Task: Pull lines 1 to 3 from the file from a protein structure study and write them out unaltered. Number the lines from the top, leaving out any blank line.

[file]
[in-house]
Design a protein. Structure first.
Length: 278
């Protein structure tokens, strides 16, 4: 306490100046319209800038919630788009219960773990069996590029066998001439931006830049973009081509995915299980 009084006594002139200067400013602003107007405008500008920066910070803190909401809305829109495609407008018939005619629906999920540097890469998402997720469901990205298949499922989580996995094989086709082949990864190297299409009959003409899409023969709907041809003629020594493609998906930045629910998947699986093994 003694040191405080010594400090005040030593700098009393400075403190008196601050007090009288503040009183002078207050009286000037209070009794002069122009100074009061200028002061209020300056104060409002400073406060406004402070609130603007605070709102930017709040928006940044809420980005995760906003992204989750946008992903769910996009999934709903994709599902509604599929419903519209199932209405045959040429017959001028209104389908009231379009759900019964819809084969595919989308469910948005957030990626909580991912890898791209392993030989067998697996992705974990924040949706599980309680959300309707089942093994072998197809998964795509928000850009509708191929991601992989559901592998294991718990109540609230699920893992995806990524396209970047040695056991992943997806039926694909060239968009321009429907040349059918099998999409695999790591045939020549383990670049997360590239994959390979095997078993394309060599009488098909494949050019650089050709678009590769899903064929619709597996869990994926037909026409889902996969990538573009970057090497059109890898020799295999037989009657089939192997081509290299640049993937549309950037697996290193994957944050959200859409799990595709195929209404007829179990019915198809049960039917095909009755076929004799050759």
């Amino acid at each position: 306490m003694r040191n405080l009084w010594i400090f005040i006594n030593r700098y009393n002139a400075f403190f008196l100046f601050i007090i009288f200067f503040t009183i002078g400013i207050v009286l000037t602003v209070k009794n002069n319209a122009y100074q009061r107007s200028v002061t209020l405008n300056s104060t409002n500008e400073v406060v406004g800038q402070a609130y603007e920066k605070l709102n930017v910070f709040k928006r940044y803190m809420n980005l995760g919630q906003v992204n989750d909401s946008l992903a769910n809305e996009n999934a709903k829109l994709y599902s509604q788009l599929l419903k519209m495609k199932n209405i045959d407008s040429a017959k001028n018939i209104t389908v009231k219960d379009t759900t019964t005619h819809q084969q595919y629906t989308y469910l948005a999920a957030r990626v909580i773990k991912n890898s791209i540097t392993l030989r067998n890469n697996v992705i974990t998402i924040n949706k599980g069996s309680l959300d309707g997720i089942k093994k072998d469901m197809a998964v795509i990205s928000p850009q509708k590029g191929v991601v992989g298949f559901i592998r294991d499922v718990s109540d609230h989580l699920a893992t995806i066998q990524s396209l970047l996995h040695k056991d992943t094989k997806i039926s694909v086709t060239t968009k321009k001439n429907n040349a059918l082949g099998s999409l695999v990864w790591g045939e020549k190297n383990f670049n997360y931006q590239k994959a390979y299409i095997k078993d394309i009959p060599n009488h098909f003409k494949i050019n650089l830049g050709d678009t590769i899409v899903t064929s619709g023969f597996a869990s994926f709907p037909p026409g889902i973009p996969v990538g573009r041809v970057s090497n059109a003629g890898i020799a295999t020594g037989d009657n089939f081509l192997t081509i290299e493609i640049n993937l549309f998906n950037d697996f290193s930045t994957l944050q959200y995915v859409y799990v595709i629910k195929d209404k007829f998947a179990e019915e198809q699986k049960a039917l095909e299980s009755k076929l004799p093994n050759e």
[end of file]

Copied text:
[in-house]
Design a protein. Structure first.
Length: 278